Popular's case is still the first and only example of the Single Resolution Board using its powers under the Bank Recovery and Resolution Directive, which give it the scope to write down and restructure a bank’s liabilities.
So far the SRB has published a version of its resolution decision and an initial valuation report of the Spanish bank, in accordance with legal requirements on disclosure.
But the public needs to be given more information in this case and in future decisions if it is going to be able to understand how and why bank resolutions take place in Europe.
Interested parties are still waiting for the publication of a report to show whether creditors were worse off as a result of Popular’s resolution compared with any possible insolvency — the very crux of Europe’s new bank resolution regime.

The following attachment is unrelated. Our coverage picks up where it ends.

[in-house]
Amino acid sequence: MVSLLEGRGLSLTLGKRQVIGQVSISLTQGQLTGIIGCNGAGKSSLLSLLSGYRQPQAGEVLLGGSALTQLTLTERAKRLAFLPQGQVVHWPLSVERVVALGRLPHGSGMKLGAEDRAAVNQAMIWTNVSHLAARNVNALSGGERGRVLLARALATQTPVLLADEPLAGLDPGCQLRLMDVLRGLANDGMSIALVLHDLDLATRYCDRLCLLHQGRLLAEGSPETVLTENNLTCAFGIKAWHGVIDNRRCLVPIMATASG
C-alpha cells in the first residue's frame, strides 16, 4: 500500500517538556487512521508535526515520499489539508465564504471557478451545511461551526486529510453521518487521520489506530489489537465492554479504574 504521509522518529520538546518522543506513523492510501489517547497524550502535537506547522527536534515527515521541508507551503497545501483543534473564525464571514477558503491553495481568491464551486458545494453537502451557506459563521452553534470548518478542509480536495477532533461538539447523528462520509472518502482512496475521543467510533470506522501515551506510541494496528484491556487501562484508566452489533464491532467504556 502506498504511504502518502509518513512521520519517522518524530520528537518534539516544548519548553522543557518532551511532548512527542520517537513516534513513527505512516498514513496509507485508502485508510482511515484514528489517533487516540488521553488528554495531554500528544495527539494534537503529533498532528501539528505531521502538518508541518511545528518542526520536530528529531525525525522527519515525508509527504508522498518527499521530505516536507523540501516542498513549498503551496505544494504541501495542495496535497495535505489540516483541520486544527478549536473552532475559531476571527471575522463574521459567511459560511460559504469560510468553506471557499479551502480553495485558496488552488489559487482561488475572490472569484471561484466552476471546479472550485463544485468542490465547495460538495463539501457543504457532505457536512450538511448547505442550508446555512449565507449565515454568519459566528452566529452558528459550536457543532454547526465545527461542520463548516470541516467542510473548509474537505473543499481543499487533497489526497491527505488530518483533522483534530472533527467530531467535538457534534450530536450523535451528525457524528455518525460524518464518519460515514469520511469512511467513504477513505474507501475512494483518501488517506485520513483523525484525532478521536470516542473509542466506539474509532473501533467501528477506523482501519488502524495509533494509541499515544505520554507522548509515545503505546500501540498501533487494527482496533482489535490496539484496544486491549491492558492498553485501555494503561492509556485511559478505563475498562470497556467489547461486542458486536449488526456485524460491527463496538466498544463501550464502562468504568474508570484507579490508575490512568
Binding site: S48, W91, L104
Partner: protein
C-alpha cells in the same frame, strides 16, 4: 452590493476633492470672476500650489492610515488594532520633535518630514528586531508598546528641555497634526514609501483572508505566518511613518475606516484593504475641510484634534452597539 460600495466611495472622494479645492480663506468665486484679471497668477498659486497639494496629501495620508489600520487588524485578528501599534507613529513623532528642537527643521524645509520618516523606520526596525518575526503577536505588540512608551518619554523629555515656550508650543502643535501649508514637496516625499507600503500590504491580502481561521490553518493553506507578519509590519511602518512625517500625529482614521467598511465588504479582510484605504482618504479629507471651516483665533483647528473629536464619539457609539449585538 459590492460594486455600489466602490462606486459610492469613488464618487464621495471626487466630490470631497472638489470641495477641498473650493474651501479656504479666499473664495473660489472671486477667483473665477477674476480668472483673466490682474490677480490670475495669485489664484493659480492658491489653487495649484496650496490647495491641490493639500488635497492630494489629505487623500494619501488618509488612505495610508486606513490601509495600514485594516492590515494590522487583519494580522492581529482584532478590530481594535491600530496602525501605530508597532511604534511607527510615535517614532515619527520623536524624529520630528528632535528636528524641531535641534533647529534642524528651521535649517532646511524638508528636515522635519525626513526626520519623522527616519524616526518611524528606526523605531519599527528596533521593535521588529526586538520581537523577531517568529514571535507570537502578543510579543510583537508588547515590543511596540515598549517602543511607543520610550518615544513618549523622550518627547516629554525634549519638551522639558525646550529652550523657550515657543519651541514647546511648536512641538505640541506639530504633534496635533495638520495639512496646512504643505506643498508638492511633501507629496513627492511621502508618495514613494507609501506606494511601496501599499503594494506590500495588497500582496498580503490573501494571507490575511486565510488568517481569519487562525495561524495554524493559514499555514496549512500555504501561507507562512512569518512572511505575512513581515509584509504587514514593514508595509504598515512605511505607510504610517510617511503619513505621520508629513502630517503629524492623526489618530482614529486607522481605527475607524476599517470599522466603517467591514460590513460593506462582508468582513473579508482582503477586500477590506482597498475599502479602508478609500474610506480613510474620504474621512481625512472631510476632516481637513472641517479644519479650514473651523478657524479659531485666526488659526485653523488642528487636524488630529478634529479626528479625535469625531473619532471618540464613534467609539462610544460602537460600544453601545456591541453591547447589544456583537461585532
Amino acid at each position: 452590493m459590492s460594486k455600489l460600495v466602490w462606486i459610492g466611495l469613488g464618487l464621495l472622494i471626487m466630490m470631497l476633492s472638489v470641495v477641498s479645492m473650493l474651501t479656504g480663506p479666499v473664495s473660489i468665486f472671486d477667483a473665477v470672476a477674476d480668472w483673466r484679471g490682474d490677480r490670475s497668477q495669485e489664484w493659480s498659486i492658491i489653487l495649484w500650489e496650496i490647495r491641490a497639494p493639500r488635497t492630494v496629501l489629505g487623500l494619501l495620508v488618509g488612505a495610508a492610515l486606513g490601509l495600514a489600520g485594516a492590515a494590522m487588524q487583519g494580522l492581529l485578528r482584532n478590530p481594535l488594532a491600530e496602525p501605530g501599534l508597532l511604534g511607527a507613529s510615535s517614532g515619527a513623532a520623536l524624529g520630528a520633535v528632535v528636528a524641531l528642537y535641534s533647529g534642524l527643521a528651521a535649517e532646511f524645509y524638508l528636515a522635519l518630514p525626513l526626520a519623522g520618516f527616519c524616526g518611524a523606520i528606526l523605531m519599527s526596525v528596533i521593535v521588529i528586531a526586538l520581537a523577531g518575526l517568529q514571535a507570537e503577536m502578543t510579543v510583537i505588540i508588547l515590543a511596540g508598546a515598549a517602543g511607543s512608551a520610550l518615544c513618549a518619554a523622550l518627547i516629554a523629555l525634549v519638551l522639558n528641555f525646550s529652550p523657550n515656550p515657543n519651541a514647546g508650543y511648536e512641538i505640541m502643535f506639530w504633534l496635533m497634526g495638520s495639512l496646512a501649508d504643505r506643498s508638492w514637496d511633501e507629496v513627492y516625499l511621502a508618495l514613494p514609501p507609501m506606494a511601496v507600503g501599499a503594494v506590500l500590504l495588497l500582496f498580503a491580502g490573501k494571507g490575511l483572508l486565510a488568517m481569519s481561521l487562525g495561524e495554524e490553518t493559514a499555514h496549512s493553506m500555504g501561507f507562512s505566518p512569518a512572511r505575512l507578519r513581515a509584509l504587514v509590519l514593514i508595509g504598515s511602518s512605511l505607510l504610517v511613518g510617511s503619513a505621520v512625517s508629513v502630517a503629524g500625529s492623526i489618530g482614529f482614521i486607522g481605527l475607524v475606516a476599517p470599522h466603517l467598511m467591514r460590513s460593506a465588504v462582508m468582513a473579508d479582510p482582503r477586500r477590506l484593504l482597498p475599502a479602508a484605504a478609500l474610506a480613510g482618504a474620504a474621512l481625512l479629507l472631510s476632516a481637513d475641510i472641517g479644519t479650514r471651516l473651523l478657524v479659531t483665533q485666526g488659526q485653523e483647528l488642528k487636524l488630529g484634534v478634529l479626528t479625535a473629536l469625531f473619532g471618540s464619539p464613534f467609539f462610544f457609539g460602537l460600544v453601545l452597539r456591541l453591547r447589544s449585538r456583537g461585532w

Further, key parts of the documents that have been published about the case have been censored.
Arguments in favour of limiting disclosure on the basis of public interest surely rang true in the immediate aftermath of the resolution decision.
But on the anniversary of Popular’s failure, after the market has come to terms with its exposure to a new suite of bank resolution tools, it is surely now only in the public interest to have a full picture of what happened last year.
Resolution authorities should be given leeway to make reasonable decisions and to act within their powers to take action in failing banks, even if you do not agree with their decisions.
But the only way to have an open discussion, based on trust, is to do so when in full possession of the facts.